Abstract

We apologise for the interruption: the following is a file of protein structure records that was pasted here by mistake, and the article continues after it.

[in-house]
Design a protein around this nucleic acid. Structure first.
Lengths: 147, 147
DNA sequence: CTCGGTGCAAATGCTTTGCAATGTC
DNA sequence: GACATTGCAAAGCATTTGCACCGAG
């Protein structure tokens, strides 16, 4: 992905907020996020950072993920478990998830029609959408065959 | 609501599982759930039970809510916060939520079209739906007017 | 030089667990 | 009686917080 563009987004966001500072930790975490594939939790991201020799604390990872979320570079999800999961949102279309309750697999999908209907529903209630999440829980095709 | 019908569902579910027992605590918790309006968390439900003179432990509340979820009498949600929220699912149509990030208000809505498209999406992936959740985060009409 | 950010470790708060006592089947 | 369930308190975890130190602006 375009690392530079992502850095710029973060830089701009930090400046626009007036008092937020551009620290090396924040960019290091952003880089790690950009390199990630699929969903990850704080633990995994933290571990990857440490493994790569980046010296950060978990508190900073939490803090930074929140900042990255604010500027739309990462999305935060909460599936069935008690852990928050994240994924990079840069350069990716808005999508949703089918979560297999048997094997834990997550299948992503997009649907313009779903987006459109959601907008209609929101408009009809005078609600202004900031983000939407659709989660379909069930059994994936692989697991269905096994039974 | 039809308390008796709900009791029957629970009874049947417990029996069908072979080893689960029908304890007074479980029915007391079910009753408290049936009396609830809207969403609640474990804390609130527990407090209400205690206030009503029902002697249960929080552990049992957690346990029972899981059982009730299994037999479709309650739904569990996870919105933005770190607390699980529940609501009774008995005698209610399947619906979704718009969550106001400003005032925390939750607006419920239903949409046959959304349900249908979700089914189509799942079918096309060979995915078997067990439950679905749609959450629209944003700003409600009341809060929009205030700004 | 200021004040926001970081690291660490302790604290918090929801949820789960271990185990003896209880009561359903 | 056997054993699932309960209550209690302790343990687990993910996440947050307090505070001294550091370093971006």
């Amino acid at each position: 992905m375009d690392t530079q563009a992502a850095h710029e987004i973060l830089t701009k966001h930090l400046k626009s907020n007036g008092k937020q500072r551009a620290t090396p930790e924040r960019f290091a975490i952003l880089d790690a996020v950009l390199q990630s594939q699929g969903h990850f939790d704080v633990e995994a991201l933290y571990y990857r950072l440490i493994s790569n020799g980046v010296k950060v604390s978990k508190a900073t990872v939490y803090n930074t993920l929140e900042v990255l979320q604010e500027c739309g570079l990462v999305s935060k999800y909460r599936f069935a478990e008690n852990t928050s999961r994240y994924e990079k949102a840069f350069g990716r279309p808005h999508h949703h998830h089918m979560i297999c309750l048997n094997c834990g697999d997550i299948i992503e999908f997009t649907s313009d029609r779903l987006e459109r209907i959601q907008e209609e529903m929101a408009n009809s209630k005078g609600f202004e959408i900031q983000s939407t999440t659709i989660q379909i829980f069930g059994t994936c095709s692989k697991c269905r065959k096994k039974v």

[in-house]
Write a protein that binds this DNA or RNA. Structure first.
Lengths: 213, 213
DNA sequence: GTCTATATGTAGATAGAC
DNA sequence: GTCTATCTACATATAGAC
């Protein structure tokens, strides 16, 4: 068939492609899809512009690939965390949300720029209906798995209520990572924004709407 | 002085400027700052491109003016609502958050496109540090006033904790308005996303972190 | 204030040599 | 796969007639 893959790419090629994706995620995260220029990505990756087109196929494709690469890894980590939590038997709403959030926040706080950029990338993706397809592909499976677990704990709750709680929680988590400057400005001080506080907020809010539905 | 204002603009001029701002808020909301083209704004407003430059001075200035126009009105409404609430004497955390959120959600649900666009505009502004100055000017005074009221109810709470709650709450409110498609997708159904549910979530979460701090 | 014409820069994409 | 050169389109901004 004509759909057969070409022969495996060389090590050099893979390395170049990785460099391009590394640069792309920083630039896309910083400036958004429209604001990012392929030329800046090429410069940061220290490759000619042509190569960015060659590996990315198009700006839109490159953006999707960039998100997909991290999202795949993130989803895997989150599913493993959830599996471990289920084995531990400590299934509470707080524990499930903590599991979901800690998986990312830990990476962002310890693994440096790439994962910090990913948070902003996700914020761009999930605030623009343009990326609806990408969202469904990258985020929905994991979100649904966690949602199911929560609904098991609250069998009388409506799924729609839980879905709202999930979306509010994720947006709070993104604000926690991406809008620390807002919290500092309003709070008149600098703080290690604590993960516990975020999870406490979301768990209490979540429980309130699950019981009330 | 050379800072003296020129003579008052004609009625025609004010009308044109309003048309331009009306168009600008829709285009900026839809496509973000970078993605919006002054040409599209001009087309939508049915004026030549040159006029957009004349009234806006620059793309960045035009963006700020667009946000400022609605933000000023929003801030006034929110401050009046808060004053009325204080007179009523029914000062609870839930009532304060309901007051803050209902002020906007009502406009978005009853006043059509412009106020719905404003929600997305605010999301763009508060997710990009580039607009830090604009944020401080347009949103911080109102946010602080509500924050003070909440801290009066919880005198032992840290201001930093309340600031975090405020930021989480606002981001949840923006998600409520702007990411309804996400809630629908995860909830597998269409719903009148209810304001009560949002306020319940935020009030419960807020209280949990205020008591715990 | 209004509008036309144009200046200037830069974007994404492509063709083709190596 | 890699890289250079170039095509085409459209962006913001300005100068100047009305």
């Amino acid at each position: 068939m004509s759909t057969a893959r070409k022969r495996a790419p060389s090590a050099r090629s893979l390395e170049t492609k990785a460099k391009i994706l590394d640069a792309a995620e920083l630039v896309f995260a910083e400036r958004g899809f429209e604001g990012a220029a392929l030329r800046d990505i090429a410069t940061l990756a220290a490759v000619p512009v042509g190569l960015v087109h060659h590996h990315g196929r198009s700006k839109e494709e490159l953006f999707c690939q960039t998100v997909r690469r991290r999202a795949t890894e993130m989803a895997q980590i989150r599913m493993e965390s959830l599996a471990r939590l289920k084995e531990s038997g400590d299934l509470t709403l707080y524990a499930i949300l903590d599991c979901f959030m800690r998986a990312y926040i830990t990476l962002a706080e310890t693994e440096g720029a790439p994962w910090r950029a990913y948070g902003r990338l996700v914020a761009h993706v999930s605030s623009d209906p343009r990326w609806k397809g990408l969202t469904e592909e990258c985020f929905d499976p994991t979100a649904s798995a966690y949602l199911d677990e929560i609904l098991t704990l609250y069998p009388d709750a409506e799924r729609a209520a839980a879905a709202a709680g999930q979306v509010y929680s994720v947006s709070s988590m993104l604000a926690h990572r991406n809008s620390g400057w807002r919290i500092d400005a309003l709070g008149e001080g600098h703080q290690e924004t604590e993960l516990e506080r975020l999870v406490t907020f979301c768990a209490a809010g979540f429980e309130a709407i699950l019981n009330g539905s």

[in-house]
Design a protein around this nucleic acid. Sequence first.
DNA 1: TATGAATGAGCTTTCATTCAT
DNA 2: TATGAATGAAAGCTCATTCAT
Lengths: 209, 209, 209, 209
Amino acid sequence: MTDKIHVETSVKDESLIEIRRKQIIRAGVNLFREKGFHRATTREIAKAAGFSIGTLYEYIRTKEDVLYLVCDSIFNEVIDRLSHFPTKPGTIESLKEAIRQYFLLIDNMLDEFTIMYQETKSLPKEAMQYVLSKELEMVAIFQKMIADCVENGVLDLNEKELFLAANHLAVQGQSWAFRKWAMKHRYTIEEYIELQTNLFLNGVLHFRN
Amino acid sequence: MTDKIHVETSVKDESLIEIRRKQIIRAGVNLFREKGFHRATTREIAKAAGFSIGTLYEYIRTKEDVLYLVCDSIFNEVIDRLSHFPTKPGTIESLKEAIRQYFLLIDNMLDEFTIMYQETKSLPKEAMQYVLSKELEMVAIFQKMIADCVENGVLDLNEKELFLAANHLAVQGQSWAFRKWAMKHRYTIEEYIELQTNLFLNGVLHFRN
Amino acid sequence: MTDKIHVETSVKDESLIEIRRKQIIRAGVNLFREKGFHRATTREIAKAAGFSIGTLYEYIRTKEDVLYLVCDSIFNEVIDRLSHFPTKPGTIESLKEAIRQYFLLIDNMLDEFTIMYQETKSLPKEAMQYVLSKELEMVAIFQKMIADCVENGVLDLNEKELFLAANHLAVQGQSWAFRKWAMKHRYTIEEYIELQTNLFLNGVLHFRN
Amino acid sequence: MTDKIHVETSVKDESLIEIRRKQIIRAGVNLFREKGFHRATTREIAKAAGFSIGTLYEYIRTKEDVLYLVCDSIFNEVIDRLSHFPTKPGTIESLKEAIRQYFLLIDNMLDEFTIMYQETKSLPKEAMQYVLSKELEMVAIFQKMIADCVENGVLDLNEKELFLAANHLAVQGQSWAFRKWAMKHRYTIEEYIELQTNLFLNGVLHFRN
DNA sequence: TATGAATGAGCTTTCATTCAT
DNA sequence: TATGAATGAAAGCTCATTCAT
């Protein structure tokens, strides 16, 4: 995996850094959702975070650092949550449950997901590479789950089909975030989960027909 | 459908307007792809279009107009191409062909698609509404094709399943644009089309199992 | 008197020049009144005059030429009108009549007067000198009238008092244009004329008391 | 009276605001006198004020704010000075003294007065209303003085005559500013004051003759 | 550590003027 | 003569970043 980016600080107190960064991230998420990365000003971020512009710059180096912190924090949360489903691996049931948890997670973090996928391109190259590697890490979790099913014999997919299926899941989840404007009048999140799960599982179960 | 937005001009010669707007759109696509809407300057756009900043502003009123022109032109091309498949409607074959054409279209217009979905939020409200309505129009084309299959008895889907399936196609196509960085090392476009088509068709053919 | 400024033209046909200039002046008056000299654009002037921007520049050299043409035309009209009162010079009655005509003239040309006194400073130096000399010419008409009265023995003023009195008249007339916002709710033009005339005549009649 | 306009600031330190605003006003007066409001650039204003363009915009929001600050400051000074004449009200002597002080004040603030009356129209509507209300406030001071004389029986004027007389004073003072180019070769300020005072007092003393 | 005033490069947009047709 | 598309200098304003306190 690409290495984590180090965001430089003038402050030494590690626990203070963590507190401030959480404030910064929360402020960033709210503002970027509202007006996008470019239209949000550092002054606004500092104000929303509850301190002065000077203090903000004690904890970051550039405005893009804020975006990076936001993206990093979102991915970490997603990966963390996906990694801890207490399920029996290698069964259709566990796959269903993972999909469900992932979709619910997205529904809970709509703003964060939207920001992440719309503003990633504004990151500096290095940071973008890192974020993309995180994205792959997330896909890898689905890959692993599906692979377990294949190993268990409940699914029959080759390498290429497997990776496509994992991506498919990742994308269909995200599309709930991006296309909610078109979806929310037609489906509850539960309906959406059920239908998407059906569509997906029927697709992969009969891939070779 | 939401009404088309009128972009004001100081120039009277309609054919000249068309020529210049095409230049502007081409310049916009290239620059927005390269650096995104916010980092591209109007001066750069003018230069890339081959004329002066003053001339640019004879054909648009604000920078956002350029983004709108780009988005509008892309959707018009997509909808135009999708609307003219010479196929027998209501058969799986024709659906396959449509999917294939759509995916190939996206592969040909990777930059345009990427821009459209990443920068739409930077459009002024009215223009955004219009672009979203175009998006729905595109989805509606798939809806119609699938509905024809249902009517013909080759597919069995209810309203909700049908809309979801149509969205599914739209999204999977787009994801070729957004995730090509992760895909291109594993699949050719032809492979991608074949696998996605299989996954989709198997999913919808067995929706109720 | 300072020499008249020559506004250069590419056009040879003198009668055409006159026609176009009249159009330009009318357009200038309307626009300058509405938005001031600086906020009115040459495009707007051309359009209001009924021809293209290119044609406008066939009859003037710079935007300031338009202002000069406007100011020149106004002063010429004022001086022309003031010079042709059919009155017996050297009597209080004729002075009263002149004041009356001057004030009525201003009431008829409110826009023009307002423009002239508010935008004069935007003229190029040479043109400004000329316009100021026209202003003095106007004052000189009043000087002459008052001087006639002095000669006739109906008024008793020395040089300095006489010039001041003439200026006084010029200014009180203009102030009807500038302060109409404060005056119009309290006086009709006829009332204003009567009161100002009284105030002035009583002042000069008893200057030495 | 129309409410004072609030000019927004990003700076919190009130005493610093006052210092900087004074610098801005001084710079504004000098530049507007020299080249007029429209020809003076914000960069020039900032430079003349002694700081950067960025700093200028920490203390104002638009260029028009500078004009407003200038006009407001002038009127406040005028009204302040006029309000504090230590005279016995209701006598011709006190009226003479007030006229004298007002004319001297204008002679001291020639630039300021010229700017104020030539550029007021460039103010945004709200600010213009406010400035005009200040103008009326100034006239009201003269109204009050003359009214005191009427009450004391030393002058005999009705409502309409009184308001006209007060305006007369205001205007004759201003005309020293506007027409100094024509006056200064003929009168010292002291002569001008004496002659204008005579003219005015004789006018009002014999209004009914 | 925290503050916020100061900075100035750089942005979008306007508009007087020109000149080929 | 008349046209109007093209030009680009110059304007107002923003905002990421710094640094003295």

A large grid of deep-imaging, marine seismic reflection data has been acquired in the Gulf of Guinea. The data show that the architecture of old Atlantic igneous oceanic crust and upper mantle is highly variable, particularly if reflection Moho is taken to be the base of the crust. Most abrupt changes in oceanic basement thickness and depth to Moho can be correlated with fracture- zone crossings, but significant variations can occur between fracture zones and along flow lines, especially near the ocean-continent transition. Reflection Moho is usually continuous from ocean to continent and does not display any systematic changes in character, continuity, or reflection time even beneath the innermost shelf areas. There are several varieties of intra-crustal reflectors, including those that mark different levels within the oceanic gabbroic complex and events that diagonally link the top of oceanic seismic layer 2 and Moho. Different types of sub-Moho dipping reflections also are observed. Some are associated with fracture zones, some originate within continental crust and dip toward the ocean, dissecting Moho without offsetting it, and still others originate at the oceanic Moho and dip toward the continent. The transition from oceanic to continental crust is generally quite sharp north of lat 1°S, but the exact nature of the transition ranges from rift-block geology to abrupt juxtapositions of oceanic and continental crustal rocks. South of about lat 1°S, the transition to continental crust is more gradual, involving a progressive thickening of oceanic crust toward land. This difference may relate to the occurrence of much more oblique initial rifting north of 1°S.

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